Flows into U.S. mutual funds and ETFs reached a record $684.6 billion in 2017 due to massive inflows into passive funds, according to Morningstar’s annual fund flow report, which covers mutual funds and ETFs.
A total $692 billion flowed into passive funds, led by U.S. equity and international equity funds, while almost $7 billion flowed out of actively managed funds, which was far less than outflows in the previous two years. Still, by year-end the total assets of actively managed funds stood at $11.4 trillion compared with $6.7 trillion for passive funds.
Vanguard accounted for almost half ($328 billion) the inflows into passive funds last year followed by BlackRock, with $213 billion in inflows. Pimco led among actively managed funds, with $33 billion in inflows — almost all of it into the PIMCO Income Fund (PIMIX) — followed by Dimensional Fund Advisors ($31 billion), which distributes its retail funds only through financial advisors. (It also sells to institutional clients.)
The biggest fund family losers were Fidelity Investments, which saw outflows of $40 billion in its actively managed funds — though inflows of $51.3 billion in passive funds — and Franklin Templeton Investments, which saw outflows of $28 billion from its actively managed funds but only $398 million of inflows to passive funds.
Among fund categories, the biggest winners were passive U.S. equity, international equity and taxable bond funds — each having more than $200 billion in inflows. “Indexing is no longer limited to U.S. equity and expanding into other asset classes,” according to the Morningstar report.
The biggest losers were actively managed U.S. equity funds (down $207 billion), led by large growth funds, and allocation funds, which had $27 billion in outflows.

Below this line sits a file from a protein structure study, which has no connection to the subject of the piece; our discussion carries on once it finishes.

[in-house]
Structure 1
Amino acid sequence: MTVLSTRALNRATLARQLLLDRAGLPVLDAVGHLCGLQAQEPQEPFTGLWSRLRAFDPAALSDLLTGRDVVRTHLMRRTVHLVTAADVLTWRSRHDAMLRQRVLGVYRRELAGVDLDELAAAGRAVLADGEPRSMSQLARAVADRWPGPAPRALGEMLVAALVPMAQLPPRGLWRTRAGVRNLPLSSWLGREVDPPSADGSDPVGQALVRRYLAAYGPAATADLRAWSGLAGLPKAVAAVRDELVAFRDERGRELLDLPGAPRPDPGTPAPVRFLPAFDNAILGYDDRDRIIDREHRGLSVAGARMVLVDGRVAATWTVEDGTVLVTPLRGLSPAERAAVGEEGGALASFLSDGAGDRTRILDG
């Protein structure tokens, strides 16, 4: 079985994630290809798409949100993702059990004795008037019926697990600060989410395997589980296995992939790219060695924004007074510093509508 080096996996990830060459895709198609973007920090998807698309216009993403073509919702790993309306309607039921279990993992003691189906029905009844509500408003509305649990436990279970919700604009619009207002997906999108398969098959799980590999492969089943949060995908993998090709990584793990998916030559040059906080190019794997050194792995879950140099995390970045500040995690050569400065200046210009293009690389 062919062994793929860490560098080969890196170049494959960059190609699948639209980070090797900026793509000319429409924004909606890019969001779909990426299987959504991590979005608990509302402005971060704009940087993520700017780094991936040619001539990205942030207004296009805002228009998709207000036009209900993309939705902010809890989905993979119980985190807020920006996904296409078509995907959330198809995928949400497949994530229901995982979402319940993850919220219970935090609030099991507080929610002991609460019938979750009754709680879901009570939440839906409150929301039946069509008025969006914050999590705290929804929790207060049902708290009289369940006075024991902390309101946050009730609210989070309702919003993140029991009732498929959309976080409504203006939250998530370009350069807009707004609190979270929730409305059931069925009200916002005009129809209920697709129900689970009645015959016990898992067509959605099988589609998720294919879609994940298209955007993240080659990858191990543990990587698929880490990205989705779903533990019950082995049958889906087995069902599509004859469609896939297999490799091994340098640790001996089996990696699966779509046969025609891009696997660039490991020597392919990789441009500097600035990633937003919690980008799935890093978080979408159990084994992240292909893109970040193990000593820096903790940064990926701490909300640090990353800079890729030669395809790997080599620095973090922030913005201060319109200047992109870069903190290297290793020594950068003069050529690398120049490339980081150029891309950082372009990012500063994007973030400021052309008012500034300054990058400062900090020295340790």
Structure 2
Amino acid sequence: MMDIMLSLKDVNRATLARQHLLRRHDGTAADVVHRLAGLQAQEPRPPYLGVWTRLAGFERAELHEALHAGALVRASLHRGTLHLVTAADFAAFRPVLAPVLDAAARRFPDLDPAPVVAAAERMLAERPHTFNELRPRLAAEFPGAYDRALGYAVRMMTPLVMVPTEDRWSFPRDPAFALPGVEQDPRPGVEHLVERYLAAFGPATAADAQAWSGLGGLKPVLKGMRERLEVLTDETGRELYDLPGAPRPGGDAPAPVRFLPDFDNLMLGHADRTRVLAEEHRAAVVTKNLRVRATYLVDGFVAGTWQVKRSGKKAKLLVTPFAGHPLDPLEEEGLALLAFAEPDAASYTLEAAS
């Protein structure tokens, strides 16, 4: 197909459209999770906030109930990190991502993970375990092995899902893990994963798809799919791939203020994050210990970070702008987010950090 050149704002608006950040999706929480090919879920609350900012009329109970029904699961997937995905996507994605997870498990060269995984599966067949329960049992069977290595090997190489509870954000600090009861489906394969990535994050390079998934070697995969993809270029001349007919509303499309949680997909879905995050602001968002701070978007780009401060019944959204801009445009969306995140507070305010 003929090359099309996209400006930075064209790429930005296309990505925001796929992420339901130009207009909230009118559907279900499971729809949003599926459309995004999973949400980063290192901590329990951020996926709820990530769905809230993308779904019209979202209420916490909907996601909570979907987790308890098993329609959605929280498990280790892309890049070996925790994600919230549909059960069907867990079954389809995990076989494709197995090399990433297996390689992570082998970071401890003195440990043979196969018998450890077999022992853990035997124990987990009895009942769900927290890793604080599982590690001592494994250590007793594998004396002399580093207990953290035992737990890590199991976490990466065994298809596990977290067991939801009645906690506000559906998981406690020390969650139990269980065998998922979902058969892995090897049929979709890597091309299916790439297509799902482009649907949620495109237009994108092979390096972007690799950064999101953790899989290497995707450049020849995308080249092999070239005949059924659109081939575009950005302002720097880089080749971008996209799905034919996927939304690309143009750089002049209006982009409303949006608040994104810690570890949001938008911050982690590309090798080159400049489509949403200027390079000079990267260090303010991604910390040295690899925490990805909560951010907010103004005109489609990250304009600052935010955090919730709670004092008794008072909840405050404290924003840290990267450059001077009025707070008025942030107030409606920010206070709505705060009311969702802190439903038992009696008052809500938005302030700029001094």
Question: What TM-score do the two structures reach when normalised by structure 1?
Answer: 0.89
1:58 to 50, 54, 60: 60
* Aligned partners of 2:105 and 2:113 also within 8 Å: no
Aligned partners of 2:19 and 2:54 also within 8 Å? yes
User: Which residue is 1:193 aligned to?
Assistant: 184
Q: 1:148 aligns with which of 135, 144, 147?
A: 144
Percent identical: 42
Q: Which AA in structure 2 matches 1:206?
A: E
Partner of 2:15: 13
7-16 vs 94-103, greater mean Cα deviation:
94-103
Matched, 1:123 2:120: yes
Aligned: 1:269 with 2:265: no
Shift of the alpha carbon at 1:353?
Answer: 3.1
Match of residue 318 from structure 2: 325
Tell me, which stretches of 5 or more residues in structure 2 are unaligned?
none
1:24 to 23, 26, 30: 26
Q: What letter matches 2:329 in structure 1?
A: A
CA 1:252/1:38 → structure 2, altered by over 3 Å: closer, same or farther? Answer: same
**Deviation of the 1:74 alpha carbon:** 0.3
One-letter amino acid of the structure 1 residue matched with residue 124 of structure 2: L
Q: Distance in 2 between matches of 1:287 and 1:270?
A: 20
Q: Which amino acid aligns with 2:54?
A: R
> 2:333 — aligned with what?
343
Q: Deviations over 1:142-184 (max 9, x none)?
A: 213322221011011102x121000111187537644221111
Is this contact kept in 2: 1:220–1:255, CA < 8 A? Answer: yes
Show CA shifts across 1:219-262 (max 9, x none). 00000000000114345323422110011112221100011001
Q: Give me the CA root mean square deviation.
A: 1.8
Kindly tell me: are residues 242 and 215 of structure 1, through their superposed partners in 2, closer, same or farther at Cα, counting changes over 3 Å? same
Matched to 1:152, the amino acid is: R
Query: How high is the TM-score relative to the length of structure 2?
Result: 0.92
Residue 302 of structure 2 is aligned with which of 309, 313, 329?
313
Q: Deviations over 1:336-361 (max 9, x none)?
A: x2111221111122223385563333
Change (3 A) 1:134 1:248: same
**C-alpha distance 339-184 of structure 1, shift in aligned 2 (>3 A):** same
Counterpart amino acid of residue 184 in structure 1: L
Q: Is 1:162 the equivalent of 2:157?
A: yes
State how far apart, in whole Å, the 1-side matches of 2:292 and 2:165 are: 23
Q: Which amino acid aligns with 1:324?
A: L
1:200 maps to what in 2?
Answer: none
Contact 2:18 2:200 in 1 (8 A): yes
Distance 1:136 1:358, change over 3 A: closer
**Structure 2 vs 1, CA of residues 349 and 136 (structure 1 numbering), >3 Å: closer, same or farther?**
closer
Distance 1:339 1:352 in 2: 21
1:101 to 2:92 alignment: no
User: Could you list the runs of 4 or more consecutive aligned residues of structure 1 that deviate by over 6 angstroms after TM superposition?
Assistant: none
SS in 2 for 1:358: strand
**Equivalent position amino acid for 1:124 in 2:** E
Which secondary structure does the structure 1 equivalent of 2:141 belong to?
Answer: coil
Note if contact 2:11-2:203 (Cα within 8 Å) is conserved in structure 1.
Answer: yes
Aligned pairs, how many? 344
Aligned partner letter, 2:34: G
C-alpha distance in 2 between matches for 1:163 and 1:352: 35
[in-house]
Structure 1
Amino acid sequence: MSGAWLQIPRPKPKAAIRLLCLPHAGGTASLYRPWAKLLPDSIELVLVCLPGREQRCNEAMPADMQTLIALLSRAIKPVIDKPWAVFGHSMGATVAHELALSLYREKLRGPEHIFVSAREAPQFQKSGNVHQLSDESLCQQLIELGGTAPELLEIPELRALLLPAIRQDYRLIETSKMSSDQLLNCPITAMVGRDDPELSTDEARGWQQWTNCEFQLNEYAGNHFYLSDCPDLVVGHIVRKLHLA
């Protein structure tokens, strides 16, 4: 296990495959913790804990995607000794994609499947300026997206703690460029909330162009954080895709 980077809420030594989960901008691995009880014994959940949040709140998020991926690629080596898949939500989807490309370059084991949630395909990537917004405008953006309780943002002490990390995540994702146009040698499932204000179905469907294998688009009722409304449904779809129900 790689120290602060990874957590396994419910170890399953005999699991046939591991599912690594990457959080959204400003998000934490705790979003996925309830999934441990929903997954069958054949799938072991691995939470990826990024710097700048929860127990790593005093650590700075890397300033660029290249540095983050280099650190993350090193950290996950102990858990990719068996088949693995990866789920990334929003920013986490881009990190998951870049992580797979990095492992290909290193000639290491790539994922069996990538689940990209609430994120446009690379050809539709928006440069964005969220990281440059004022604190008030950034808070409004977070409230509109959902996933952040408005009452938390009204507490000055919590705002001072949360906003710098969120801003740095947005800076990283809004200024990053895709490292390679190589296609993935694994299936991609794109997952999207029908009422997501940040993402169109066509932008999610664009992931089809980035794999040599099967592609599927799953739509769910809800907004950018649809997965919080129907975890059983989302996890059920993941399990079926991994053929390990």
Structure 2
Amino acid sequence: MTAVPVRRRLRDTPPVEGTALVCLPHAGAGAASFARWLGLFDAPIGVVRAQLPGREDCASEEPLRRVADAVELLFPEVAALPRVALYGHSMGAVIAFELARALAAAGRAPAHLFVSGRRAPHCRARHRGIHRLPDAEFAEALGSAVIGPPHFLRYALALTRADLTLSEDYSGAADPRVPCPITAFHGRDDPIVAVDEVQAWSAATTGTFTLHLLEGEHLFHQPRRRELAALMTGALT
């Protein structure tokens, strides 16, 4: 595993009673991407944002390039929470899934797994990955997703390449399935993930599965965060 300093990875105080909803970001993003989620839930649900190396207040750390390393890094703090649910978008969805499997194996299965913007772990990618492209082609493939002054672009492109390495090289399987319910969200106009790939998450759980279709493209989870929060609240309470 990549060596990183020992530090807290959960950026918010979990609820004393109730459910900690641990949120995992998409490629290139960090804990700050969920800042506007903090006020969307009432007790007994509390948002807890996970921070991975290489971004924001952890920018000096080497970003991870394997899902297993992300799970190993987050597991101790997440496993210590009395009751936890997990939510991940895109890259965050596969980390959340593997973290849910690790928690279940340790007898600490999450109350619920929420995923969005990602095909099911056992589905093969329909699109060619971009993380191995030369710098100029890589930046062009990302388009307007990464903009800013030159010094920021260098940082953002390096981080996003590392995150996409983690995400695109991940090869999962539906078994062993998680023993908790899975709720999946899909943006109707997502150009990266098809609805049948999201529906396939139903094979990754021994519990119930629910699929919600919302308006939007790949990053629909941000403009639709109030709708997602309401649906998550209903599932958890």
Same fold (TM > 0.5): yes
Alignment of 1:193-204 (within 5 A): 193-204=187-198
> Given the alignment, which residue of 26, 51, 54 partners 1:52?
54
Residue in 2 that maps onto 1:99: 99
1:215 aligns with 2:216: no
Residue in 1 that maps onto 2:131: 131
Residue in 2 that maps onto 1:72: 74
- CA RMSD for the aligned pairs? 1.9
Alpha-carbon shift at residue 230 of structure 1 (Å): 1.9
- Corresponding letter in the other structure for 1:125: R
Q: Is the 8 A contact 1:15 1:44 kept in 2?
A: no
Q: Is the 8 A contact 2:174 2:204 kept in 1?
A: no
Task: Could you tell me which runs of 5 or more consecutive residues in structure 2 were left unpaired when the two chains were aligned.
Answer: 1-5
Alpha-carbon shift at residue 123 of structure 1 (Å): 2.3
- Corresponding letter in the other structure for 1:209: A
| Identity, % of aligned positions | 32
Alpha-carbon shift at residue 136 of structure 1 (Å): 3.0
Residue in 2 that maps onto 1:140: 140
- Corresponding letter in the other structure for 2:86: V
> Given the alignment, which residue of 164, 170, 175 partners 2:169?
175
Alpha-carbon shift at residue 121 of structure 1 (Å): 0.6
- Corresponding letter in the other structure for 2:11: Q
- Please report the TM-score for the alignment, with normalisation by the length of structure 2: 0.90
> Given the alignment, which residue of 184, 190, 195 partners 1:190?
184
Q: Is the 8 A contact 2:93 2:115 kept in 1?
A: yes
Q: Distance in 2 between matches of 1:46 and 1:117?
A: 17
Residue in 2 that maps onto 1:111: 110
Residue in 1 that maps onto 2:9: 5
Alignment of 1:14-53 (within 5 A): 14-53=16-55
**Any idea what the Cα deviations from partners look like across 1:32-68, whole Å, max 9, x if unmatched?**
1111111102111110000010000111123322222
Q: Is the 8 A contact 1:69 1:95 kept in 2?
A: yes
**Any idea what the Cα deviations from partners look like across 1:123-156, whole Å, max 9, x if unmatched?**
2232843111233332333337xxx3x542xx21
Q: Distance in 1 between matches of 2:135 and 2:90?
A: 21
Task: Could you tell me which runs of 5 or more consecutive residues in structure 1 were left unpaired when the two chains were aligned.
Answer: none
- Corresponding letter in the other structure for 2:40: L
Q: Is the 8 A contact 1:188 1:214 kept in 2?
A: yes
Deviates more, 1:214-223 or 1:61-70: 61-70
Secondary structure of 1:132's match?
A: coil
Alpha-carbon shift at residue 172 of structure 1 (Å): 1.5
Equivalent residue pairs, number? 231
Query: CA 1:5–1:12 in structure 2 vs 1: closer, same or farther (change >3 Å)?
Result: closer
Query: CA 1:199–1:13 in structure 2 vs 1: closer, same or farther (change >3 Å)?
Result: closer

“Investors have been generally maintaining their U.S. equity positions, but switching from high-cost active to low-cost passive,” according to Morningstar. “They just lost interest in overpriced and underperforming U.S. equity funds.
Among actively managed fund categories, taxable bond funds were the clear winner. They attracted more than $178 billion in inflows — led by intermediate term and ultra short bond funds — while actively managed municipal bond funds had inflows of $28 billion. In between the two were actively managed international equity funds, which saw inflows of $35.6 billion.
The Oakmark International Fund (OAKIX) led inflows among actively managed international stock funds “partly because of excellent showings in 2016 and 2017,” according to Morningstar. Morningstar’s analyst rating for the fund — a more forward-looking rating than the star ratings — is gold, the firm’s highest.
— Related on ThinkAdvisor:
- Low Fees Drive Flows Into Active Funds: Broadridge
- New Active Funds: The Better They Do, the More You Pay
- News Morningstar’s Fund Managers of the Year: 2017